Mertens, J. et al. Differential responses to lithium in hyperexcitable neurons from patients with bipolar disorder. Nature 527, 95–99 (2015).
Dong, H., Zitt, C., Auriga, C., Hatzelmann, A. & Epstein, P. M. Inhibition of PDE3, PDE4 and PDE7 potentiates glucocorticoid-induced apoptosis and overcomes glucocorticoid resistance in CEM T leukemic cells. Biochem. Pharmacol. 79, 321–329 (2010).
de Medeiros, A. S. et al. Identification and characterization of a potent and biologically-active PDE4/7 inhibitor via fission yeast-based assays. Cell. Signal. 40, 73–80 (2017). This study reports a novel yeast-based assay for screening PDE modulators, which not only reads out changes in PDE activity but also proves compounds are cell permeable, are chemically stable and do not exhibit widespread protein binding.
Tsai, L. C., Shimizu-Albergine, M. & Beavo, J. A. The high-affinity cAMP-specific phosphodiesterase 8B controls steroidogenesis in the mouse adrenal gland. Mol. Pharmacol. 79, 639–648 (2011).
Shimizu-Albergine, M., Tsai, L. C., Patrucco, E. & Beavo, J. A. cAMP-specific phosphodiesterases 8A and 8B, essential regulators of Leydig cell steroidogenesis. Mol. Pharmacol. 81, 556–566 (2012).
Jang, I. S. et al. Lysophosphatidic acid-induced changes in cAMP profiles in young and senescent human fibroblasts as a clue to the ageing process. Mech. Ageing Dev. 127, 481–489 (2006).
Ramos, B. P. et al. Dysregulation of protein kinase a signaling in the aged prefrontal cortex: new strategy for treating age-related cognitive decline. Neuron 40, 835–845 (2003).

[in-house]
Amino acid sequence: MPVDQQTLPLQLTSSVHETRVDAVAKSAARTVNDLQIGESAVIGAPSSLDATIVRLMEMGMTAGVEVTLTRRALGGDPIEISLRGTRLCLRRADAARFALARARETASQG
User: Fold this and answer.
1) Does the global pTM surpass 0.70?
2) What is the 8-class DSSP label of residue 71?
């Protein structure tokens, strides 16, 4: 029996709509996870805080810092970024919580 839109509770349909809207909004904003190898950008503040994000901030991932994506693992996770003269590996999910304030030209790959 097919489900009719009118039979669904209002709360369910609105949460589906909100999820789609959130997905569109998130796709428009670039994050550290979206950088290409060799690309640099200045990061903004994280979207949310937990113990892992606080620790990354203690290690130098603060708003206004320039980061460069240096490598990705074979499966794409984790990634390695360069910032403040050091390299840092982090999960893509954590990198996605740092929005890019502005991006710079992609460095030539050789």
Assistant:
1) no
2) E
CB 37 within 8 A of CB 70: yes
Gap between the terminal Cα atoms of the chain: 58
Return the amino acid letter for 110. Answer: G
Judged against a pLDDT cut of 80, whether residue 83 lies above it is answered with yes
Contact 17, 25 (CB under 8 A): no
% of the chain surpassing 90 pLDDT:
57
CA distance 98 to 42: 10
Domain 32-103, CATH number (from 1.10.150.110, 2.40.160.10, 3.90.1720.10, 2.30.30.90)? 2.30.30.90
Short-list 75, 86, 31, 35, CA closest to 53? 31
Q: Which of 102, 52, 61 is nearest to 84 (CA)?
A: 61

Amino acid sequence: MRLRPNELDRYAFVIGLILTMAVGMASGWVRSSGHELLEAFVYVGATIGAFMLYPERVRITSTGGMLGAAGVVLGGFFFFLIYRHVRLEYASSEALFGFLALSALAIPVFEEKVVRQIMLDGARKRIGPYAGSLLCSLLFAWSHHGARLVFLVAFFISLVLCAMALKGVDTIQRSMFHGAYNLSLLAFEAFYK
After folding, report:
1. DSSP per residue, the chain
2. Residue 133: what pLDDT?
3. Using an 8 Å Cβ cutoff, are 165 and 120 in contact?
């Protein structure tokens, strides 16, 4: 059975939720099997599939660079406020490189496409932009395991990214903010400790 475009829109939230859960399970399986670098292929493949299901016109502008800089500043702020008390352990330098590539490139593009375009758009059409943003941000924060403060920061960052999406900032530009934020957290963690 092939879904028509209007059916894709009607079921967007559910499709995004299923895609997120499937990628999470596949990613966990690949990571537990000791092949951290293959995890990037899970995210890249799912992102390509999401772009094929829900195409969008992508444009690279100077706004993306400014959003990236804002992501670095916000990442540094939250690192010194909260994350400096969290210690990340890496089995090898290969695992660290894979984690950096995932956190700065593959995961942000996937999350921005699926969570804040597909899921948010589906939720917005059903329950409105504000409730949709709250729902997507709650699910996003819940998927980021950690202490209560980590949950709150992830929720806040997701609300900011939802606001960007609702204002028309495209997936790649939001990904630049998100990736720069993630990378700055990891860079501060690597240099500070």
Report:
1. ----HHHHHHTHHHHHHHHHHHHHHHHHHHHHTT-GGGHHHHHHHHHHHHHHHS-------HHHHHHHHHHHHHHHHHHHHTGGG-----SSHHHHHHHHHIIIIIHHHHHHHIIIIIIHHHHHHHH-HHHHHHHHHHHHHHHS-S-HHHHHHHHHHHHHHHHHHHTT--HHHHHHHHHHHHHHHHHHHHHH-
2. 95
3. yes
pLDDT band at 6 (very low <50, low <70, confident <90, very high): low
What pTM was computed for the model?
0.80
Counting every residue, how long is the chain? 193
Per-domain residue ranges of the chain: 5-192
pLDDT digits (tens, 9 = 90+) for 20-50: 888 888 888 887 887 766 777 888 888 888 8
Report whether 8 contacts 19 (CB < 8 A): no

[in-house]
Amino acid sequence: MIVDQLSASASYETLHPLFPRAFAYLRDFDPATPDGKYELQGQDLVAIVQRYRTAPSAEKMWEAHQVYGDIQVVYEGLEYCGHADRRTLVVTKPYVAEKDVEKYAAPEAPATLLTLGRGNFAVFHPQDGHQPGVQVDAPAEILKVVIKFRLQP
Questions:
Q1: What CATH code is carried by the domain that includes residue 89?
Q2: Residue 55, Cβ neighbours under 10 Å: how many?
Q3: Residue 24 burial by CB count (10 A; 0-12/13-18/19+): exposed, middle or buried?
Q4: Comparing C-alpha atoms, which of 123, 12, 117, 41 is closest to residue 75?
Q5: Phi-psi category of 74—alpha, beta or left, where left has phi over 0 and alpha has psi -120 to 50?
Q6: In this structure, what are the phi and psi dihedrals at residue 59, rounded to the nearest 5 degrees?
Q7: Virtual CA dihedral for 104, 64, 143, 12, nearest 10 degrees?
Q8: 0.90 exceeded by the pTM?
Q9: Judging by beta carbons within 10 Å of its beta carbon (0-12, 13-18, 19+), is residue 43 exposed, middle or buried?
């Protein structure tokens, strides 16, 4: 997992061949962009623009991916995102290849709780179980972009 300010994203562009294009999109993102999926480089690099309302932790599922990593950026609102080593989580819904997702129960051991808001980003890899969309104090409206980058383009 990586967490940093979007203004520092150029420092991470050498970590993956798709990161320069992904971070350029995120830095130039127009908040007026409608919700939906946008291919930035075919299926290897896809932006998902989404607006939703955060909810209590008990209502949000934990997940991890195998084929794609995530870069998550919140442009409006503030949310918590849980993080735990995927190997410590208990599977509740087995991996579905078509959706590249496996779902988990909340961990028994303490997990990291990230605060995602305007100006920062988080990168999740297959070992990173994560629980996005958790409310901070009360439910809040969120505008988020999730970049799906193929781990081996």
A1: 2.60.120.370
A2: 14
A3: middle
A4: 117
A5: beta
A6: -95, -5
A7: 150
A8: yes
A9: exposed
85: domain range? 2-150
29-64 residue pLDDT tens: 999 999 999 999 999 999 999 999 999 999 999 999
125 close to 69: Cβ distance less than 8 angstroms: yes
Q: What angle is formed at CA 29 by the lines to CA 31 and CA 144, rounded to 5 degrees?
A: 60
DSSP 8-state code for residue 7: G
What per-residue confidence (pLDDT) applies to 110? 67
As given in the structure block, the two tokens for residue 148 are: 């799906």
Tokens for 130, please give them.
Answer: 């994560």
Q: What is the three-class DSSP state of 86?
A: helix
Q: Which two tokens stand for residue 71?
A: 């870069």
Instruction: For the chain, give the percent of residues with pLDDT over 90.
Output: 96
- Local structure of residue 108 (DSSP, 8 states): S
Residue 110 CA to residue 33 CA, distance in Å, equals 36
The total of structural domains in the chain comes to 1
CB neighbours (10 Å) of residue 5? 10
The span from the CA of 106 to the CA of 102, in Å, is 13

Giralt, A. et al. Increased PKA signaling disrupts recognition memory and spatial memory: role in Huntington’s disease. Hum. Mol. Genet. 20, 4232–4247 (2011).
Hegde, S. et al. PDE11A regulates social behaviors and is a key mechanism by which social experience sculpts the brain. Neuroscience 335, 151–169 (2016).
Guo, S., Olesen, J. & Ashina, M. Phosphodiesterase 3 inhibitor cilostazol induces migraine-like attacks via cyclic AMP increase. Brain 137, 2951–2959 (2014).
Holland, P. R. & Strother, L. Cilostazol as a chemically induced preclinical model of migraine. Cephalalgia 38, 415–416 (2018).
Khan, S., Deen, M., Hougaard, A., Amin, F. M. & Ashina, M. Reproducibility of migraine-like attacks induced by phosphodiesterase-3-inhibitor cilostazol. Cephalalgia 38, 892–903 (2018).
Hansen, E. K., Guo, S., Ashina, M. & Olesen, J. Toward a pragmatic migraine model for drug testing: I. Cilostazol in healthy volunteers. Cephalalgia 36, 172–178 (2016).
Birk, S., Kruuse, C., Petersen, K. A., Tfelt-Hansen, P. & Olesen, J. The headache-inducing effect of cilostazol in human volunteers. Cephalalgia 26, 1304–1309 (2006).
Mowat, F. M. et al. Gene therapy in a large animal model of PDE6A-retinitis pigmentosa. Front. Neurosci. 11, 342 (2017).
Henderson, D. J. et al. The cAMP phosphodiesterase-4D7 (PDE4D7) is downregulated in androgen-independent prostate cancer cells and mediates proliferation by compartmentalising cAMP at the plasma membrane of VCaP prostate cancer cells. Br. J. Cancer 110, 1278–1287 (2014).
Abi-Gerges, A. et al. Decreased expression and activity of cAMP phosphodiesterases in cardiac hypertrophy and its impact on beta-adrenergic cAMP signals. Circ. Res. 105, 784–792 (2009).
Wang, X., Ward, C. J., Harris, P. C. & Torres, V. E. Cyclic nucleotide signaling in polycystic kidney disease. Kidney Int. 77, 129–140 (2010).